Jack Dempsey, world heavyweight boxing champion from 1919 to 1926, spent his boyhood in Logan, county seat of Logan County. Dempsey was born in Manassa, Colorado, but grew up in Logan, West Virginia. He began his career as a fighter at the tender age of 12 while working in the mines. Mining camp boxing bouts were set up. He lost the title to Gene Tunney in 1926. At their second fight in 1927 he lost again on the so-called "long-count" when he failed to go to a neutral corner after knocking Tunney down in the seventh round.
South of Logan is the burial site for Devil Anse Hatfield, one of the family leaders in the famous feud between the Hatfields and the McCoys. Logan was originally called Lawnsville when it became the county seat in 1824. It later was named Aracoma, after the eldest daughter of Chief Cornstalk when she came to live there with her white husband, Bolling Baker. In 1907, it was renamed Logan in honor of the chief of the Mingos.
Logan is the trading center for a large mining and logging area. Extensive logging of the area's poplar, cherry, and white oak timber started in 1850. Coal mining started to develop in 1904 with the advent of the railroad.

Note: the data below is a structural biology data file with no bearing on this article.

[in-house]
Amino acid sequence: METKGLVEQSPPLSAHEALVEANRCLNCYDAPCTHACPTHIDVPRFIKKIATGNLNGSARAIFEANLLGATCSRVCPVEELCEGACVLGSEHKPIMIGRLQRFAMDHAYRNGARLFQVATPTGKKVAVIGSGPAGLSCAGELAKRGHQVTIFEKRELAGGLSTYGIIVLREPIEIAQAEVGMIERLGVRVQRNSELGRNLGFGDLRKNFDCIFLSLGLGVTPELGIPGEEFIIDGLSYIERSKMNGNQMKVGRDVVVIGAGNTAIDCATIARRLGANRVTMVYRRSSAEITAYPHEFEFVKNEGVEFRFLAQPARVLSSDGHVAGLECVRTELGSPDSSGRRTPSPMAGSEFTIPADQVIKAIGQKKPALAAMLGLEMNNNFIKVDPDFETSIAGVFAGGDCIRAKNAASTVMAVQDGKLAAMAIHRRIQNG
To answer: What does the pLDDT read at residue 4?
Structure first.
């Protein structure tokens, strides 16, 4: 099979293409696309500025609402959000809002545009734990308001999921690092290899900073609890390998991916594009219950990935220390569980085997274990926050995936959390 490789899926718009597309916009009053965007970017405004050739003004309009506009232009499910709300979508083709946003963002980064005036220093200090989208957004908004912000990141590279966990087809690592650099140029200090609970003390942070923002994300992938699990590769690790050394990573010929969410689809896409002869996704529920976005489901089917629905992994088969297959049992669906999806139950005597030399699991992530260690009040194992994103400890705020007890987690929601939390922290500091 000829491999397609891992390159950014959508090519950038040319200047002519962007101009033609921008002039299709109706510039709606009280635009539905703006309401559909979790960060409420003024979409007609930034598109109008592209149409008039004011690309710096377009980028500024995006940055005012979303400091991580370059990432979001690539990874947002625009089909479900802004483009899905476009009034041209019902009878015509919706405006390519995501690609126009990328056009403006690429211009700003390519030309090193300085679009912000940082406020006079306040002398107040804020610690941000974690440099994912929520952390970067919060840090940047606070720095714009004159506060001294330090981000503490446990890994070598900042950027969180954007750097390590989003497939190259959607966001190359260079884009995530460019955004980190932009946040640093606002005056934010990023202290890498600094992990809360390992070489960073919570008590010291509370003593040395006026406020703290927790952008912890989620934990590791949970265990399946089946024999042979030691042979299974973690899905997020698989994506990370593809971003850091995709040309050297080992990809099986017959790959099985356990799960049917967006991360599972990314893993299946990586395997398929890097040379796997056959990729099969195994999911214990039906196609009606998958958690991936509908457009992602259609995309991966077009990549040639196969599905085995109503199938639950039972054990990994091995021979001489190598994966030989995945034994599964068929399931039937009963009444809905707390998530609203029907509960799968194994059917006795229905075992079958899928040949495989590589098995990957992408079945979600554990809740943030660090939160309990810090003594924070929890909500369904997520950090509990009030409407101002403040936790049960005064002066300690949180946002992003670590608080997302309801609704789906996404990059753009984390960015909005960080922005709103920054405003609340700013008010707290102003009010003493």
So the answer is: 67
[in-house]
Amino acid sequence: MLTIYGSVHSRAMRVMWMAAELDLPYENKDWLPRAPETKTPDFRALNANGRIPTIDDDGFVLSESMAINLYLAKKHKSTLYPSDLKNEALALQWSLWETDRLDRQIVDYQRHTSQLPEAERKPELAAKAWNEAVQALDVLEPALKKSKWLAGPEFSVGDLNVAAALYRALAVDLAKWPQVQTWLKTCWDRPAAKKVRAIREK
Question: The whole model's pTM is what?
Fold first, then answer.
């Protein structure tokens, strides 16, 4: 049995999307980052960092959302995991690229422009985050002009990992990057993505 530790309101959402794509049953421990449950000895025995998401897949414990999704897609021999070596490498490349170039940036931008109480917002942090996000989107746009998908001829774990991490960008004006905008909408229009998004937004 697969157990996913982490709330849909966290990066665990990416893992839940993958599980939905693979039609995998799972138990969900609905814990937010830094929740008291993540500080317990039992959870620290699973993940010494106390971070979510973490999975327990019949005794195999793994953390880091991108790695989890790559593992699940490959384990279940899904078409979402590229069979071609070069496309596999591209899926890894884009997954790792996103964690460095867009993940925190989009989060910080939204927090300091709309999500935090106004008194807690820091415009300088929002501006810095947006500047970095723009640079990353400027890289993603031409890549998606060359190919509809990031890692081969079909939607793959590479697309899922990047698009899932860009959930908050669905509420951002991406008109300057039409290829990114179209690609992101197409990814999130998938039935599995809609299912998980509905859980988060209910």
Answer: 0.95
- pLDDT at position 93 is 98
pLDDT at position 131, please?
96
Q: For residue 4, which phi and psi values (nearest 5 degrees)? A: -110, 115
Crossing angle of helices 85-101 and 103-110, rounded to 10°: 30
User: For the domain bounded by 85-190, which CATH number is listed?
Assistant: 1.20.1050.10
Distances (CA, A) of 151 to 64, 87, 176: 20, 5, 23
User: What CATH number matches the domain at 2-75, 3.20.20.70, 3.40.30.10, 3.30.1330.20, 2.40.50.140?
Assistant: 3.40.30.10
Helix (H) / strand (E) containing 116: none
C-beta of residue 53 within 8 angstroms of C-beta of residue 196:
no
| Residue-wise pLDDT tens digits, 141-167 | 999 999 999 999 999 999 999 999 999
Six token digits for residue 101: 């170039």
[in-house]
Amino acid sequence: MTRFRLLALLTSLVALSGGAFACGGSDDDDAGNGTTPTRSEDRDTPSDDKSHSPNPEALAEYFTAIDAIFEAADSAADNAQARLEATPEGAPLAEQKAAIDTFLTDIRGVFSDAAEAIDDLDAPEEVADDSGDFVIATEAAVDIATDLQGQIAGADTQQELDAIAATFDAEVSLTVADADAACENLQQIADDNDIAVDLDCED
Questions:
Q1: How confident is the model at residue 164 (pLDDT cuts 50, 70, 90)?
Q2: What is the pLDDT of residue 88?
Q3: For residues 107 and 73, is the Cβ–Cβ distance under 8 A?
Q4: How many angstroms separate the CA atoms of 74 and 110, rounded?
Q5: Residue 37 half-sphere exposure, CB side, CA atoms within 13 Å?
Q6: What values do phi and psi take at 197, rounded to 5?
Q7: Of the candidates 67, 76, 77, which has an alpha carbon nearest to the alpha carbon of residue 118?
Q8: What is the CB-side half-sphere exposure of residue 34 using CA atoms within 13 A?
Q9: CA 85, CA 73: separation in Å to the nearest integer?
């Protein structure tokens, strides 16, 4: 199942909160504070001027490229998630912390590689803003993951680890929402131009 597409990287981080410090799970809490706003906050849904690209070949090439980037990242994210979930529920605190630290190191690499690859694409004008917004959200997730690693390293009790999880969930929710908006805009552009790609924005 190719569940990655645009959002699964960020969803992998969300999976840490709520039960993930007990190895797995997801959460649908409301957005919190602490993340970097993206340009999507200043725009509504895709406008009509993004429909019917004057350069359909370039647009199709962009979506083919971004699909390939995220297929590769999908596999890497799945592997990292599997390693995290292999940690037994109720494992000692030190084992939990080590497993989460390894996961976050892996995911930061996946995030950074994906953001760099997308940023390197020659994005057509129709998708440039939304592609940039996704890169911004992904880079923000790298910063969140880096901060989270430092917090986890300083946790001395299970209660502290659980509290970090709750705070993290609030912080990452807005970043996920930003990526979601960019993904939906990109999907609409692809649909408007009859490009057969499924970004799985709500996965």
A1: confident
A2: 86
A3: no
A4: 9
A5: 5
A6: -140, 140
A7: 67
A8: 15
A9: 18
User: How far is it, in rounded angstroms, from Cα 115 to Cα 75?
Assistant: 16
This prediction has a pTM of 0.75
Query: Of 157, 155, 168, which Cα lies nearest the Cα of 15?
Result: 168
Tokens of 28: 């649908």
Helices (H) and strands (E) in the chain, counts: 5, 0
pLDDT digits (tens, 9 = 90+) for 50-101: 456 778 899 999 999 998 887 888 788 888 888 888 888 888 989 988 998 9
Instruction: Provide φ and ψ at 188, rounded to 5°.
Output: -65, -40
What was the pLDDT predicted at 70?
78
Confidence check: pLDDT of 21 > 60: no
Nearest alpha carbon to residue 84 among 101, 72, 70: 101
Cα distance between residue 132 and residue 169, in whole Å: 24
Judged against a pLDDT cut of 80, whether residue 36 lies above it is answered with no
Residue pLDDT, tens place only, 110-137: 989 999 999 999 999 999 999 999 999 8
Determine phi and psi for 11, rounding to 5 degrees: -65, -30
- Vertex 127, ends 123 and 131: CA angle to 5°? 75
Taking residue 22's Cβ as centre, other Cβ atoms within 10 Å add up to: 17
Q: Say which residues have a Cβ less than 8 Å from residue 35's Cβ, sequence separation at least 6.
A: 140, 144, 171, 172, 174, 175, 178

Logan County is in southwest West Virginia on the Allegheny Plateau. It is known for its bituminous coal, natural gas, timber and livestock, fruit and tobacco farms. Logan County was founded in 1824. Consisting of some 456 square miles of land area, the county was named after Logan, the most famous of the chiefs of the Mingo tribe which was an early inhabitant of the territory that became West Virginia. Logan had been extremely friendly and cooperative with whites until his own family was massacred in 1774. Then the Mingo tribe under Logan's leadership took savage vengeance against the settlers. Logan allied his tribe with the British forces after 1774.